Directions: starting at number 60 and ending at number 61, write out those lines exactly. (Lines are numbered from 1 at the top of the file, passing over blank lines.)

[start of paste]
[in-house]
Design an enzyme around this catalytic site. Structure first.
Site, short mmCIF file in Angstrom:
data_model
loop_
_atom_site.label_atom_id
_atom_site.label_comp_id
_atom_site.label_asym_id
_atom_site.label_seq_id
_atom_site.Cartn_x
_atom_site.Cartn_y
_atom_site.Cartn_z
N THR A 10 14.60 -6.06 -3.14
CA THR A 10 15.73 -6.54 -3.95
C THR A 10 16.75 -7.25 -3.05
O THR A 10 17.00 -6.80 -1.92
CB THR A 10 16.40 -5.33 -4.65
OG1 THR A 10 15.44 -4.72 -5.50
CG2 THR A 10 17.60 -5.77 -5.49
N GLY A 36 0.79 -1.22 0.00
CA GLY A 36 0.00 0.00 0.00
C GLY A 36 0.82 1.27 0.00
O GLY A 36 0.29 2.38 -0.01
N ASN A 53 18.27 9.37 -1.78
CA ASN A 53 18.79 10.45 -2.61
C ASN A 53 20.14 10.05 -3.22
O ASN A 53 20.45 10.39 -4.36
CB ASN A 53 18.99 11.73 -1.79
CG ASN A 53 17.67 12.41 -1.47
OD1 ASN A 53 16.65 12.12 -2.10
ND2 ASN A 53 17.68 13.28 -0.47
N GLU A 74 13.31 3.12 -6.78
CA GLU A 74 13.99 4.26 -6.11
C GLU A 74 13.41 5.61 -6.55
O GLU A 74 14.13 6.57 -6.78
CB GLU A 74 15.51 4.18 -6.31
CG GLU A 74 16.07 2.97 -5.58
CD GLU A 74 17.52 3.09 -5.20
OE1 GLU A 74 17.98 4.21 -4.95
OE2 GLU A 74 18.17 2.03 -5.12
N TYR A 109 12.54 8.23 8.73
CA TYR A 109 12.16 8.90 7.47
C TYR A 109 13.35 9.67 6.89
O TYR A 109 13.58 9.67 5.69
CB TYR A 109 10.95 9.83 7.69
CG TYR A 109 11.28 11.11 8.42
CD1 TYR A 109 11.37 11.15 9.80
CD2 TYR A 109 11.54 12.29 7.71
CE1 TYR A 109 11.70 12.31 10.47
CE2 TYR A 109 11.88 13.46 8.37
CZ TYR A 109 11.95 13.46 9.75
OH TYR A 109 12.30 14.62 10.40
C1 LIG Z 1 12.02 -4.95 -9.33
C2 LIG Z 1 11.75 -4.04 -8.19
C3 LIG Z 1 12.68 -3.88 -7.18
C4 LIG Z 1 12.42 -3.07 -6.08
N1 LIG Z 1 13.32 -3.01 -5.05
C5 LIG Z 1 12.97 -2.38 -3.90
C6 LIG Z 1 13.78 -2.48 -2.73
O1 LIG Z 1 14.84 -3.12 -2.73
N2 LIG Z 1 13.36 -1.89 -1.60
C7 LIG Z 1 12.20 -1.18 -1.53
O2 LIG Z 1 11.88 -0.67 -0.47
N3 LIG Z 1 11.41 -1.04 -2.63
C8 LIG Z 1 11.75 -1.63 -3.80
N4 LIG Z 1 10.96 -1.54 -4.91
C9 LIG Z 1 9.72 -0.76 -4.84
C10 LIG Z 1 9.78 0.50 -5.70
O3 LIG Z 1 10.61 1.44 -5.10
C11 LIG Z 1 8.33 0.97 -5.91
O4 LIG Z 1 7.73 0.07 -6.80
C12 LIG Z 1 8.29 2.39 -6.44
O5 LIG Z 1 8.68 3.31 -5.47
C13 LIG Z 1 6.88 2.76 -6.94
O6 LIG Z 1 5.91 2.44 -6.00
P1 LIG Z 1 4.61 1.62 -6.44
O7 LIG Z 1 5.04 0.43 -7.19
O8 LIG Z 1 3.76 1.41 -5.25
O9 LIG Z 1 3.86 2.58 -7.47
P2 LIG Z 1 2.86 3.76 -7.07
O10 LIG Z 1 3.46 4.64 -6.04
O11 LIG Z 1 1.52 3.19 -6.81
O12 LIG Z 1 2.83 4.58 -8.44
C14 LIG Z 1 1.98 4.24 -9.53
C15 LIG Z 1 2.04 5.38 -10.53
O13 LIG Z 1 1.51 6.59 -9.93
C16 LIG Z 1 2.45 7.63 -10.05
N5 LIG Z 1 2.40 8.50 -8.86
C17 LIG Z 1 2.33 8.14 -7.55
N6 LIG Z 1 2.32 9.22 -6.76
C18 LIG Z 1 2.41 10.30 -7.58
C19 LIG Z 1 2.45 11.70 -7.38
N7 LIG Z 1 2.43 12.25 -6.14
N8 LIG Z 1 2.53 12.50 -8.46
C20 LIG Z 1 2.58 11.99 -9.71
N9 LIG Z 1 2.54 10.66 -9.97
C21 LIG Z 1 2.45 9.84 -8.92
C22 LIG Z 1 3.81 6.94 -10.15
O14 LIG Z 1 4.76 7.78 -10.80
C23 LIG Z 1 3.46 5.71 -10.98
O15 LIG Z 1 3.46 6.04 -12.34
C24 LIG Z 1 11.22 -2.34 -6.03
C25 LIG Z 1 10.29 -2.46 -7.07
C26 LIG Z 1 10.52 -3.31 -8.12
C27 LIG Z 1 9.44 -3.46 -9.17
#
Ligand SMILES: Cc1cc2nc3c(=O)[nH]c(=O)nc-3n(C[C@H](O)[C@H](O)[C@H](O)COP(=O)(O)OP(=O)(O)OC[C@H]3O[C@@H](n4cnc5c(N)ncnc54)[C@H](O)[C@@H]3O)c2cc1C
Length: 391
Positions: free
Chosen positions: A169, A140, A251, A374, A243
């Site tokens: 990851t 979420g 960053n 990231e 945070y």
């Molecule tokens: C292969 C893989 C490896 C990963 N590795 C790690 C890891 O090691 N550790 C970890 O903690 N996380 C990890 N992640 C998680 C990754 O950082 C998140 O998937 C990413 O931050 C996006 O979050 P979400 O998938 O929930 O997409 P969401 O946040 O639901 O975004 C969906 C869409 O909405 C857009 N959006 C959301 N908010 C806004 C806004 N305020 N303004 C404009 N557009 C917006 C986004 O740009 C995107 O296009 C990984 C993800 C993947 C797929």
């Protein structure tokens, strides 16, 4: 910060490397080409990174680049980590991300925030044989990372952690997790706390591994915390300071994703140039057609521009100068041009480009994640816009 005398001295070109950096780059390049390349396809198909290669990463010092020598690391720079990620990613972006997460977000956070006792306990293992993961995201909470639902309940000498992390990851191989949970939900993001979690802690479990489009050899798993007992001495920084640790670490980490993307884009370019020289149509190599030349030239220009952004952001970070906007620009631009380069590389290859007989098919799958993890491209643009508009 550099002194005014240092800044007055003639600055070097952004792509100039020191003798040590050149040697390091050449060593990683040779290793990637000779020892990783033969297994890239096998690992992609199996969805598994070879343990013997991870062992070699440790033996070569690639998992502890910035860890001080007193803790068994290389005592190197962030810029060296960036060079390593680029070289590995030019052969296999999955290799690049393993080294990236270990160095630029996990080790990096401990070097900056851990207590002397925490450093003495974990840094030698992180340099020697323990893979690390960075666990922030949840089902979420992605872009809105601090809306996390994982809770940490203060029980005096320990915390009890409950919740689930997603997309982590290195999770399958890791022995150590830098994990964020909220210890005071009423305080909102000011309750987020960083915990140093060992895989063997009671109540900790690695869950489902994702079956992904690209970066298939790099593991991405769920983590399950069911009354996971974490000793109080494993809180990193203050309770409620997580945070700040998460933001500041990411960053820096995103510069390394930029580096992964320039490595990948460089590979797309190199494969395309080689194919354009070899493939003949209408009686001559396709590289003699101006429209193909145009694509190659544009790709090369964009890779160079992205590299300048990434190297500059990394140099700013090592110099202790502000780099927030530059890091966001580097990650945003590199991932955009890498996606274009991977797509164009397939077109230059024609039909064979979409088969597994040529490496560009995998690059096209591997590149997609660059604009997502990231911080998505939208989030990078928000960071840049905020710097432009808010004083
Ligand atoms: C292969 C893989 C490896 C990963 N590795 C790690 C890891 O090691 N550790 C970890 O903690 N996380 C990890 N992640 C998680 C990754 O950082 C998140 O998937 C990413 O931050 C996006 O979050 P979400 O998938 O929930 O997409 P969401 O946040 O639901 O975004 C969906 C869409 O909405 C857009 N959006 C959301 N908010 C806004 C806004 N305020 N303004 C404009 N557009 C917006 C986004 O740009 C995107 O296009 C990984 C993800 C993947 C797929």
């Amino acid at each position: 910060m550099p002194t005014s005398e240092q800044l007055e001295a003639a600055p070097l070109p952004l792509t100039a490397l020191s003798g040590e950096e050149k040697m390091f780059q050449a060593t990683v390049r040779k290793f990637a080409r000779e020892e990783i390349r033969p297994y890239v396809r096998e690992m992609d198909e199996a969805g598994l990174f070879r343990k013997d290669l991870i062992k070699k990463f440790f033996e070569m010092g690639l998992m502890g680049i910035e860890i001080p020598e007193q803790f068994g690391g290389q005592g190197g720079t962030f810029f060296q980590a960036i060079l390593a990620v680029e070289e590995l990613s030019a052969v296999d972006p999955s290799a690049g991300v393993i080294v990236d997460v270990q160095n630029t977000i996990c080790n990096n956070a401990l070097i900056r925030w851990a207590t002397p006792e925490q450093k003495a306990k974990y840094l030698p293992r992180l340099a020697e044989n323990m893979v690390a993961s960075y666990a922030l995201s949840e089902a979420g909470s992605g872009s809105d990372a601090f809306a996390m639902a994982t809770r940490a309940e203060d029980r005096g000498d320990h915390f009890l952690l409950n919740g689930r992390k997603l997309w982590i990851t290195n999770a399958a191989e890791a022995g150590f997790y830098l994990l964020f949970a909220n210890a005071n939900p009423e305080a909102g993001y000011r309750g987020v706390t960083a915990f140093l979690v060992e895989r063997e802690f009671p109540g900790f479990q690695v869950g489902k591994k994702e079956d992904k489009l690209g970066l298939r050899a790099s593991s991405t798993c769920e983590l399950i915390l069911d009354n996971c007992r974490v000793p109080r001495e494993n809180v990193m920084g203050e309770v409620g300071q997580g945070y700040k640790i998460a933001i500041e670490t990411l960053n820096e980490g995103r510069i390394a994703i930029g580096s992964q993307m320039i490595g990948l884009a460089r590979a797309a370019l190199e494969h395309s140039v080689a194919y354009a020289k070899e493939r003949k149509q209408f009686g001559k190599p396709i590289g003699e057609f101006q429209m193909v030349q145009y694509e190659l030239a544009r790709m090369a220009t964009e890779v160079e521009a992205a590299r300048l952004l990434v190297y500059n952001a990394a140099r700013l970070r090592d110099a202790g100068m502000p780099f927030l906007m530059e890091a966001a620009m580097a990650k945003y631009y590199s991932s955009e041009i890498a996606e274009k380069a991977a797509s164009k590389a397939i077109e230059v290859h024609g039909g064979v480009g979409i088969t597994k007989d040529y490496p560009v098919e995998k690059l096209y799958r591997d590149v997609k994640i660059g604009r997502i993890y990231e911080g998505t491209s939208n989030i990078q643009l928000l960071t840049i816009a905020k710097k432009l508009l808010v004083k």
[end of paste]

O1 LIG Z 1 14.84 -3.12 -2.73
N2 LIG Z 1 13.36 -1.89 -1.60